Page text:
The Battle of Poitiers - 19th September 1356
In August 1356, ten years to the month after Crecy, the Black Prince set out on a French raid, in a broad sweep from Bordeaux to Bourges and Tours. His army was in the nature of a light raiding force consisting of 3,500 men-at-arms, 2,500 longbowmen, and 1,000 light troops (mainly Gascons.)
The French king, Jean II had to act: his revenue and prestige were at stake. Gathering a force of 8,000 mounted men-at-arms, 6,000 footmen and 2,000 crossbowmen, and including Swiss, Scottish and German mercenaries, he set out in pursuit.
By 18 September, Jean caught up with the plunder-laden English just south of Poitiers. Edward, the Black Prince at first tried to negotiate, offering to surrender his prisoners and booty in return for free passage. This was refused.
The English dispositions the following day, 19 September 1356, suggest that the English wanted to flee the field. The wagon train was moved to cross the River Moisson. Edward's force was lined up along a hedge and ditch which they had dug during the previous day's negotiations. As at Crecy, they was formed up into three "battles" in which the men-at-arms were flanked by the longbowmen.
Three hundred picked knights charged forward from the French lines. Just as rapidly the survivors retreated, their charge having been shattered by the longbowmen. This was not a total surprise to the French king. He was advised by a Scot named Douglas to dismount his men-at-arms and form them into three divisions. The first division was commanded by the Dauphin. It advanced - slowly - but took fewer casualties than the cavalry charge. Hand to hand fighting was fierce but gradually Edward gained the upper hand and the French withdrew.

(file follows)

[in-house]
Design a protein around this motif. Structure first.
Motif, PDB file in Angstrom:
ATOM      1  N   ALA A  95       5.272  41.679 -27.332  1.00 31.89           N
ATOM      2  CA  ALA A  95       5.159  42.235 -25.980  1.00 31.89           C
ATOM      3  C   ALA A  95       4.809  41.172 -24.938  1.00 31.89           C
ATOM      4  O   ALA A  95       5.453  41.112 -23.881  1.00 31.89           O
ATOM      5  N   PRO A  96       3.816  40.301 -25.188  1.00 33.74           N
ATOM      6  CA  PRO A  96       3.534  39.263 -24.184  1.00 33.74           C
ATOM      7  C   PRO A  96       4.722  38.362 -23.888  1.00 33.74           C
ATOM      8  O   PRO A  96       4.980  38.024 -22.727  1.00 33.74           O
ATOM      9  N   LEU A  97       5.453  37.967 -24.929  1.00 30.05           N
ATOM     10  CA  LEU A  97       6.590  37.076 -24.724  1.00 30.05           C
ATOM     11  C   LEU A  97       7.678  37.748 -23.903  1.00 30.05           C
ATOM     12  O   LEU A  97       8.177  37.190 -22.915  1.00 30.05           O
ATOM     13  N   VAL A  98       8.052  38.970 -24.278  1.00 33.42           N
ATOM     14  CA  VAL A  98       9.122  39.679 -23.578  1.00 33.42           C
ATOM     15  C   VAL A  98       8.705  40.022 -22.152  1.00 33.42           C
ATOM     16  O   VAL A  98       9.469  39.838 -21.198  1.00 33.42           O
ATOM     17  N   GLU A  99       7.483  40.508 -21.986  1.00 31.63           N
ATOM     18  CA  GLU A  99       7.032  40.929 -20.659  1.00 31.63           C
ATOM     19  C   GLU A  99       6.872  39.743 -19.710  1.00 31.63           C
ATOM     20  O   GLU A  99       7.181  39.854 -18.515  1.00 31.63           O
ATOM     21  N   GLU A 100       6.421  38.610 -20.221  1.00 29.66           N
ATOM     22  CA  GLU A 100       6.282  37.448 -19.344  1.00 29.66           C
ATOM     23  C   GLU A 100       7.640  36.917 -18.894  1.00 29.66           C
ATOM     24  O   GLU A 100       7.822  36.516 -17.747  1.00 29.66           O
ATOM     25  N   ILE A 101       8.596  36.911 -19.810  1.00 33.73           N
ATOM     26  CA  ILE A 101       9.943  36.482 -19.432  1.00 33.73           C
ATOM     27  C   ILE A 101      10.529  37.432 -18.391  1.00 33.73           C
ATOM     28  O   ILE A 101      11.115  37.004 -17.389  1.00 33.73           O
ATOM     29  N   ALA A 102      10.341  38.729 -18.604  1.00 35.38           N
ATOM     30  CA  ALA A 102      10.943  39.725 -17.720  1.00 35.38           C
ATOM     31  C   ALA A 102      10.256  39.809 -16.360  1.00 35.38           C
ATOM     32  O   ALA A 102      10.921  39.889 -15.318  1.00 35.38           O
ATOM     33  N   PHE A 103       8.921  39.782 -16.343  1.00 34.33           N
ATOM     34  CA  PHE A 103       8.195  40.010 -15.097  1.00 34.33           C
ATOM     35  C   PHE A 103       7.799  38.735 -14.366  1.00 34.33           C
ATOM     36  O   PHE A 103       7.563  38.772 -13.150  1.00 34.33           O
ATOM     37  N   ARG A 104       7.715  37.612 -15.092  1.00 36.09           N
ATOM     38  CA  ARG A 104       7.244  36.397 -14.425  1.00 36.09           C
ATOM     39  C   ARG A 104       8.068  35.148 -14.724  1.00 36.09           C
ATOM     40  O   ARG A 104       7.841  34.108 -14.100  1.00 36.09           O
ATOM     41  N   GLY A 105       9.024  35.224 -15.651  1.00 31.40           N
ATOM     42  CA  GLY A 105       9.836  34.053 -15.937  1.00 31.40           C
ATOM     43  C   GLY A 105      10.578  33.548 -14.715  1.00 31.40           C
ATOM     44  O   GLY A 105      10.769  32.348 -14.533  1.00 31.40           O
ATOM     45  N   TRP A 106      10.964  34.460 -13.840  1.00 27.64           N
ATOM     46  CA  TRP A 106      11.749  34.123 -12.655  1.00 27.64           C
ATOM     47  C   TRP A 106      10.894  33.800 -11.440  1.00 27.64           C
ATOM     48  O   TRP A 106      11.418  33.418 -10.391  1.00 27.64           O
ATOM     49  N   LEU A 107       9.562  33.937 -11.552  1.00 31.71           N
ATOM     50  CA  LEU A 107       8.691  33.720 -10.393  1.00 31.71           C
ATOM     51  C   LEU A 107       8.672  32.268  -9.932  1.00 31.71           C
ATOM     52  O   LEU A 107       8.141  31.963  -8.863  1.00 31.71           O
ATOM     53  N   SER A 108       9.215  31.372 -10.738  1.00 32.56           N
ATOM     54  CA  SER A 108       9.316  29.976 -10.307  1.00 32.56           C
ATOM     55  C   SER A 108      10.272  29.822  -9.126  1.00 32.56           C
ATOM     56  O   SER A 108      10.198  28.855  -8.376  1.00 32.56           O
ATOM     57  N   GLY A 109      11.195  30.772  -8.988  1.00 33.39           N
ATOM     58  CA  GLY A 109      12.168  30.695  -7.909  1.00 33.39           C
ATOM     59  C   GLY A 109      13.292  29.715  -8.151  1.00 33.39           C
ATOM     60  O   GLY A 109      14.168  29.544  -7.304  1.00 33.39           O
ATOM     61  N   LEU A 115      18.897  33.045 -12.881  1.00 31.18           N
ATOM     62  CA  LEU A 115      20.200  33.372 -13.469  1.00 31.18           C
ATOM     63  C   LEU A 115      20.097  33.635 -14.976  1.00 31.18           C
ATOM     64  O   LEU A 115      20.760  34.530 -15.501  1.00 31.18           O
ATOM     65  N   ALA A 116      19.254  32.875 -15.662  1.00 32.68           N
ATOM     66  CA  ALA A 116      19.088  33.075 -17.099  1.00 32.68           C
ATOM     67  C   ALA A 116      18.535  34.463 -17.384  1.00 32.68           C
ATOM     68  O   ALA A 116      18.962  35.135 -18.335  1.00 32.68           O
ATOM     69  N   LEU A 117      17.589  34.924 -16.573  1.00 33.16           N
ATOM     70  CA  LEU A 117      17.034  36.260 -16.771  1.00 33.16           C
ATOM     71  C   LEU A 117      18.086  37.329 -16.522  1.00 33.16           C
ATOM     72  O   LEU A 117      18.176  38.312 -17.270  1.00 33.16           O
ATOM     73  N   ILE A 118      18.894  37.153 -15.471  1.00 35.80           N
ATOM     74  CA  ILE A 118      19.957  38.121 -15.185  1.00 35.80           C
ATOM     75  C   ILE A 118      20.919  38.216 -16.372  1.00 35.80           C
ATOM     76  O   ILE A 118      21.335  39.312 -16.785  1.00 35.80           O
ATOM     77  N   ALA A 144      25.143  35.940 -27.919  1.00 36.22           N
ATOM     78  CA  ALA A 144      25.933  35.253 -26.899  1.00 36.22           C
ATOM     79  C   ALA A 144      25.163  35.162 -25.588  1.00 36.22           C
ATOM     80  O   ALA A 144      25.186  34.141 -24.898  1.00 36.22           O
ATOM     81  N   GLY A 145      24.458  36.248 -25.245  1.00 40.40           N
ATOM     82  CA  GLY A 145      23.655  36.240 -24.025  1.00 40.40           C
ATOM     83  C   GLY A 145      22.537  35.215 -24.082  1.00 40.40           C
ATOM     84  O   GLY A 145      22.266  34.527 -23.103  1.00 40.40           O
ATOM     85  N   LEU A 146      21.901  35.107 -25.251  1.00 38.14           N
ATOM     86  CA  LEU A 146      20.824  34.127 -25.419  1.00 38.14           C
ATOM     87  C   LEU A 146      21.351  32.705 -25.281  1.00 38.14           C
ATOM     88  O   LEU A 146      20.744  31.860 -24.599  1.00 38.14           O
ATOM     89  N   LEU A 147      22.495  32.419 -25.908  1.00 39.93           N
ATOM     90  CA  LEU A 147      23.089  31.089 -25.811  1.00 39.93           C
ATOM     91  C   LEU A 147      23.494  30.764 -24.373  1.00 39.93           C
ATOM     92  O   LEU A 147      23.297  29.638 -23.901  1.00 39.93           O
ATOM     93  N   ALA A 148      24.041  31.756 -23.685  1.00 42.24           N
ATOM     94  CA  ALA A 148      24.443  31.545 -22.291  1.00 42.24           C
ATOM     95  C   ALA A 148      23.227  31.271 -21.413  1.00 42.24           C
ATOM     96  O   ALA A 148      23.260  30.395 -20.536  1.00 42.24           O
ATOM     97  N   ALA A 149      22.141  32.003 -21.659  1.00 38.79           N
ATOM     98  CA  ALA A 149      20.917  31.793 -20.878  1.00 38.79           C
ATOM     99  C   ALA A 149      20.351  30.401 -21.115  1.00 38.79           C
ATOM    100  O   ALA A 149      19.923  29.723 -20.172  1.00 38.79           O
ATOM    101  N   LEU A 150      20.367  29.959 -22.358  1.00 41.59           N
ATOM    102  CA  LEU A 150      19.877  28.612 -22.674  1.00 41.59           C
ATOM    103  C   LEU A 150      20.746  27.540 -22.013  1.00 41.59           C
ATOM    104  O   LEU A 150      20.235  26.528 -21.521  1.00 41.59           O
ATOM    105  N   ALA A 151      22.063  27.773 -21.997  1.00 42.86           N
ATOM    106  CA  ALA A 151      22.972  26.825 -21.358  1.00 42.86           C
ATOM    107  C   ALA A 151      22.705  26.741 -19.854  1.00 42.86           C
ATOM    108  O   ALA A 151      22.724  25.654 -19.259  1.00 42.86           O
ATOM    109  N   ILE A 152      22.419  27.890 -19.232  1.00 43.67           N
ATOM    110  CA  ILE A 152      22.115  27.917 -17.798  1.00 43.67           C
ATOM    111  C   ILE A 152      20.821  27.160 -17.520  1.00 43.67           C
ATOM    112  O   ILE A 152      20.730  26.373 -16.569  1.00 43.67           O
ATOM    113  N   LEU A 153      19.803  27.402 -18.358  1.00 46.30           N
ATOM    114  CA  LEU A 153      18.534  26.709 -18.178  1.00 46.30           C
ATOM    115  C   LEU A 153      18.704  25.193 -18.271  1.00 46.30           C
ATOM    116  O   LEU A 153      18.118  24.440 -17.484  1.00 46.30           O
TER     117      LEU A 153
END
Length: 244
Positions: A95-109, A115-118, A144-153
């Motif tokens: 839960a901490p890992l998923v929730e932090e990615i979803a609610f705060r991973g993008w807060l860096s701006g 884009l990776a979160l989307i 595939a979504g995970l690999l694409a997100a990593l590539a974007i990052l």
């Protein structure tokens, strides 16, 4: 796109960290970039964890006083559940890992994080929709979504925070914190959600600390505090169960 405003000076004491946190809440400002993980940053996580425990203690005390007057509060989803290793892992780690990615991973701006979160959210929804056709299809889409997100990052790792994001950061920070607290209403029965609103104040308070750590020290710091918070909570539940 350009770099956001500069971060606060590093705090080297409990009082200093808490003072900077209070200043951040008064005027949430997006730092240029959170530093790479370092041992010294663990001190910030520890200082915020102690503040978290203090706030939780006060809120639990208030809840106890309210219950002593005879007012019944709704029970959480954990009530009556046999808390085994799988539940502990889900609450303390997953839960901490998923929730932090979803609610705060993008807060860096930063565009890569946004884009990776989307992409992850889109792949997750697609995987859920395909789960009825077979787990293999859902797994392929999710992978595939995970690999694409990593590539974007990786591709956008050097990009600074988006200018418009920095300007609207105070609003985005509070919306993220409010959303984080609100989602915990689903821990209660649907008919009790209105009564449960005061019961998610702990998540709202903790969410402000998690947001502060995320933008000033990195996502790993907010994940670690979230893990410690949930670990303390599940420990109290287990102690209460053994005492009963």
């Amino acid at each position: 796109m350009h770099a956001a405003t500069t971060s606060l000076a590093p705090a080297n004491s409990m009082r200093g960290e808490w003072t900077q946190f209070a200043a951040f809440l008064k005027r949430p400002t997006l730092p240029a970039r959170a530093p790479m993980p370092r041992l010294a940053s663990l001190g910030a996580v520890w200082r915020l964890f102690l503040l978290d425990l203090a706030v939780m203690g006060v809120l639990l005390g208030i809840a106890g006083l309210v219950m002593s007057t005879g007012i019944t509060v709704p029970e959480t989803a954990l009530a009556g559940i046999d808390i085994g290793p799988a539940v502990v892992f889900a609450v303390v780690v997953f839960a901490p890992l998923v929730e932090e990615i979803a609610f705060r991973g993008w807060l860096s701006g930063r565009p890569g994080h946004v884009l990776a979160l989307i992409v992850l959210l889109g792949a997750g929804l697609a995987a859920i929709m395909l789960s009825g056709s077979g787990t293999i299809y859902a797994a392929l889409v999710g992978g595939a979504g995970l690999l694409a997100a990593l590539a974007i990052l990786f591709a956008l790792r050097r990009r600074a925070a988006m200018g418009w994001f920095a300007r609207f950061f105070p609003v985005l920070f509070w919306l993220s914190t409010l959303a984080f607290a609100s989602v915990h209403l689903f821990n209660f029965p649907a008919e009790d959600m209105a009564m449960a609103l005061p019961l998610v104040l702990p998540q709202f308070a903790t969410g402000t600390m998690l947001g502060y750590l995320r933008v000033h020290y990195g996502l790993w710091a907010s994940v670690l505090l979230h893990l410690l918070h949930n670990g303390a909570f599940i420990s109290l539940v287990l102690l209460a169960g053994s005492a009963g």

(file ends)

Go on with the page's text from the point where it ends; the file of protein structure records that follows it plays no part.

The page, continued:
Edward's Anglo-Gascon knights were exhausted. Unaccountably, at this point, the Duc d'Orleans led his men of the second division off the field of battle. There remained the third division, under the command of King Jean himself.
In this extremity, Edward decided to remount his depleted force. He counter-attacked the advancing French, throwing every possible man onto every possible beast, including the pack-horses. The longbowmen supported the advancing knights. Edward also had a cunning plan. While he engaged the attention of the French to the front, he sent one of his Gascon commanders, the Captal de Buch with a force on a concealed march to take the attack to the enemy's flank and rear. When this happened, the French were routed.
While English losses were heavy, those of the French were catastrophic. They lost 2,500 knights dead and a further 2,000 captured including 26 leading nobles, the Dauphin - and the king himself. French doctrinal rigidity had been beaten by English flexibility and the superiority of the longbow.